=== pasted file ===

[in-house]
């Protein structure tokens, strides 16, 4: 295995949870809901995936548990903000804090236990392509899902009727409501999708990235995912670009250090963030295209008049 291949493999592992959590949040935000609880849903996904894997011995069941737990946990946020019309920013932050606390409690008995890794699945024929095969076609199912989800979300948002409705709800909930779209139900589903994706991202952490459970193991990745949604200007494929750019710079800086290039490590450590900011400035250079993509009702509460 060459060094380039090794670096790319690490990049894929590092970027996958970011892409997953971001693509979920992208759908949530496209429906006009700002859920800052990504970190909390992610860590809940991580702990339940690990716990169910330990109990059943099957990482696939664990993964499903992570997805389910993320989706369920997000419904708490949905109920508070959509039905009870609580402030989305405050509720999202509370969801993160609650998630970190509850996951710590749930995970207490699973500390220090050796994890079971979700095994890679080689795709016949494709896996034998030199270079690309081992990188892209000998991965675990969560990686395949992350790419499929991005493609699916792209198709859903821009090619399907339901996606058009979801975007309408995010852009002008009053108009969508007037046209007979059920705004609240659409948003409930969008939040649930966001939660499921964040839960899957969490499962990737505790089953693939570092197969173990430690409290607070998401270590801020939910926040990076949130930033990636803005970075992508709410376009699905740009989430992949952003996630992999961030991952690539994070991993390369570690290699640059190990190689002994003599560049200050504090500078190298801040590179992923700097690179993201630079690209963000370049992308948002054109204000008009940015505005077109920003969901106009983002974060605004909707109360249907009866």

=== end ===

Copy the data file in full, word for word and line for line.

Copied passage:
[in-house]
């Protein structure tokens, strides 16, 4: 295995949870809901995936548990903000804090236990392509899902009727409501999708990235995912670009250090963030295209008049 291949493999592992959590949040935000609880849903996904894997011995069941737990946990946020019309920013932050606390409690008995890794699945024929095969076609199912989800979300948002409705709800909930779209139900589903994706991202952490459970193991990745949604200007494929750019710079800086290039490590450590900011400035250079993509009702509460 060459060094380039090794670096790319690490990049894929590092970027996958970011892409997953971001693509979920992208759908949530496209429906006009700002859920800052990504970190909390992610860590809940991580702990339940690990716990169910330990109990059943099957990482696939664990993964499903992570997805389910993320989706369920997000419904708490949905109920508070959509039905009870609580402030989305405050509720999202509370969801993160609650998630970190509850996951710590749930995970207490699973500390220090050796994890079971979700095994890679080689795709016949494709896996034998030199270079690309081992990188892209000998991965675990969560990686395949992350790419499929991005493609699916792209198709859903821009090619399907339901996606058009979801975007309408995010852009002008009053108009969508007037046209007979059920705004609240659409948003409930969008939040649930966001939660499921964040839960899957969490499962990737505790089953693939570092197969173990430690409290607070998401270590801020939910926040990076949130930033990636803005970075992508709410376009699905740009989430992949952003996630992999961030991952690539994070991993390369570690290699640059190990190689002994003599560049200050504090500078190298801040590179992923700097690179993201630079690209963000370049992308948002054109204000008009940015505005077109920003969901106009983002974060605004909707109360249907009866």